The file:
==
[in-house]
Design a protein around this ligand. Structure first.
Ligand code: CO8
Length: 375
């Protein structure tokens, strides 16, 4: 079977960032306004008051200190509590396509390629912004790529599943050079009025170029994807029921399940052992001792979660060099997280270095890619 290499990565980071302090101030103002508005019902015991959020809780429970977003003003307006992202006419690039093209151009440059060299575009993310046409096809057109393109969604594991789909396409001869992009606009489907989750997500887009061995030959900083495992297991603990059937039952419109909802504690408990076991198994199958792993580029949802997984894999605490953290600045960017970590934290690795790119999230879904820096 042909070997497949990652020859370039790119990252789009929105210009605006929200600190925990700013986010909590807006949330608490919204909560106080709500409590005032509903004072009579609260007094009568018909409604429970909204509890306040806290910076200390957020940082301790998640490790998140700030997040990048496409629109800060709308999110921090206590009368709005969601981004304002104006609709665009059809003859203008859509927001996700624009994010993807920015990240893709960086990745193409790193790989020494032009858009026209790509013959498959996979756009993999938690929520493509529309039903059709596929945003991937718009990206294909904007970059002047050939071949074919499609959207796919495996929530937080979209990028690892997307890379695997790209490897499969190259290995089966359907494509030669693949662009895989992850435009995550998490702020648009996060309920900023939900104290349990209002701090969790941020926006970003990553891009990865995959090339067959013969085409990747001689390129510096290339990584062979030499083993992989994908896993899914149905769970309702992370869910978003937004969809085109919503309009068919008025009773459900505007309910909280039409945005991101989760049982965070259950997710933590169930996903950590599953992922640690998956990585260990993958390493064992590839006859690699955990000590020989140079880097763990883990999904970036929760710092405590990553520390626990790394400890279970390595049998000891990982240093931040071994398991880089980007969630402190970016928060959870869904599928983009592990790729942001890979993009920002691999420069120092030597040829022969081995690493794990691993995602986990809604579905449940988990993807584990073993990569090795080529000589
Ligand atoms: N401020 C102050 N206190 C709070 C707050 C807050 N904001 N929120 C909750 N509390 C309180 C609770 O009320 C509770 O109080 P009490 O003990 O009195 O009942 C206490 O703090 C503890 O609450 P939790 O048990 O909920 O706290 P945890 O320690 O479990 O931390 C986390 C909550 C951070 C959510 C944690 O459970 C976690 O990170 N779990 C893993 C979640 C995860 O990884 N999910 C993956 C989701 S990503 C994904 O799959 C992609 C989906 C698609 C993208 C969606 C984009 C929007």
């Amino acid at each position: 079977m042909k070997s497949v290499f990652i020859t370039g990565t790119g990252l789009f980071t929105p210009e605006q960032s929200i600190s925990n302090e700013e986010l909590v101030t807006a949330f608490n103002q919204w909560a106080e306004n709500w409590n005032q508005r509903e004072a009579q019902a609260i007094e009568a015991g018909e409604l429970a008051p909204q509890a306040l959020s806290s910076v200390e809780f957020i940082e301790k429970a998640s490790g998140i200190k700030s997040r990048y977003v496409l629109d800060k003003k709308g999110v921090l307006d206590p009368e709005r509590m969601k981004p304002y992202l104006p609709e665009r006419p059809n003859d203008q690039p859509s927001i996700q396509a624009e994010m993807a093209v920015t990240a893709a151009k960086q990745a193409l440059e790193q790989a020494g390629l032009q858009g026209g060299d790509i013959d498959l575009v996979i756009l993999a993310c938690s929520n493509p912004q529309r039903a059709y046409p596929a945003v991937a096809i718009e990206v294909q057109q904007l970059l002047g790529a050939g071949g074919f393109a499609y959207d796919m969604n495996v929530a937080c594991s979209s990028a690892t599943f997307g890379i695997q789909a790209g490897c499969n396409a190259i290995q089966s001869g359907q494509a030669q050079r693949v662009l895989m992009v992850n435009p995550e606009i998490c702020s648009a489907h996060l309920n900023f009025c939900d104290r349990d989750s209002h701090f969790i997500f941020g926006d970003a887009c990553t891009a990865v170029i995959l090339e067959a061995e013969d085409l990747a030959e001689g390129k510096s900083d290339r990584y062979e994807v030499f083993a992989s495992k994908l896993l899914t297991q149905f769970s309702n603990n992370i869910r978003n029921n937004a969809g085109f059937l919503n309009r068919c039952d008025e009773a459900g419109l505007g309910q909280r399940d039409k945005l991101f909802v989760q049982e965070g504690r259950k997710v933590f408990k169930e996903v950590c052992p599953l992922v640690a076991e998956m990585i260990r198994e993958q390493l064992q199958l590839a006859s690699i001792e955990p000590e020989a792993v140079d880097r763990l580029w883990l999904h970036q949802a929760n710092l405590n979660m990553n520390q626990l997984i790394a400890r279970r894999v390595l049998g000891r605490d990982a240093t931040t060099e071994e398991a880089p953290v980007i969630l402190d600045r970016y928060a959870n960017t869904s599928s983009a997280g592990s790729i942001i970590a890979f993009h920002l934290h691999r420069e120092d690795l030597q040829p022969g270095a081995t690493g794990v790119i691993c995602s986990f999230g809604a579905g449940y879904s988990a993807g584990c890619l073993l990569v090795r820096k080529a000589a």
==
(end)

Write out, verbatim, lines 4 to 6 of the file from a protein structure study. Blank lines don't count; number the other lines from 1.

Length: 375
């Protein structure tokens, strides 16, 4: 079977960032306004008051200190509590396509390629912004790529599943050079009025170029994807029921399940052992001792979660060099997280270095890619 290499990565980071302090101030103002508005019902015991959020809780429970977003003003307006992202006419690039093209151009440059060299575009993310046409096809057109393109969604594991789909396409001869992009606009489907989750997500887009061995030959900083495992297991603990059937039952419109909802504690408990076991198994199958792993580029949802997984894999605490953290600045960017970590934290690795790119999230879904820096 042909070997497949990652020859370039790119990252789009929105210009605006929200600190925990700013986010909590807006949330608490919204909560106080709500409590005032509903004072009579609260007094009568018909409604429970909204509890306040806290910076200390957020940082301790998640490790998140700030997040990048496409629109800060709308999110921090206590009368709005969601981004304002104006609709665009059809003859203008859509927001996700624009994010993807920015990240893709960086990745193409790193790989020494032009858009026209790509013959498959996979756009993999938690929520493509529309039903059709596929945003991937718009990206294909904007970059002047050939071949074919499609959207796919495996929530937080979209990028690892997307890379695997790209490897499969190259290995089966359907494509030669693949662009895989992850435009995550998490702020648009996060309920900023939900104290349990209002701090969790941020926006970003990553891009990865995959090339067959013969085409990747001689390129510096290339990584062979030499083993992989994908896993899914149905769970309702992370869910978003937004969809085109919503309009068919008025009773459900505007309910909280039409945005991101989760049982965070259950997710933590169930996903950590599953992922640690998956990585260990993958390493064992590839006859690699955990000590020989140079880097763990883990999904970036929760710092405590990553520390626990790394400890279970390595049998000891990982240093931040071994398991880089980007969630402190970016928060959870869904599928983009592990790729942001890979993009920002691999420069120092030597040829022969081995690493794990691993995602986990809604579905449940988990993807584990073993990569090795080529000589
Ligand atoms: N401020 C102050 N206190 C709070 C707050 C807050 N904001 N929120 C909750 N509390 C309180 C609770 O009320 C509770 O109080 P009490 O003990 O009195 O009942 C206490 O703090 C503890 O609450 P939790 O048990 O909920 O706290 P945890 O320690 O479990 O931390 C986390 C909550 C951070 C959510 C944690 O459970 C976690 O990170 N779990 C893993 C979640 C995860 O990884 N999910 C993956 C989701 S990503 C994904 O799959 C992609 C989906 C698609 C993208 C969606 C984009 C929007």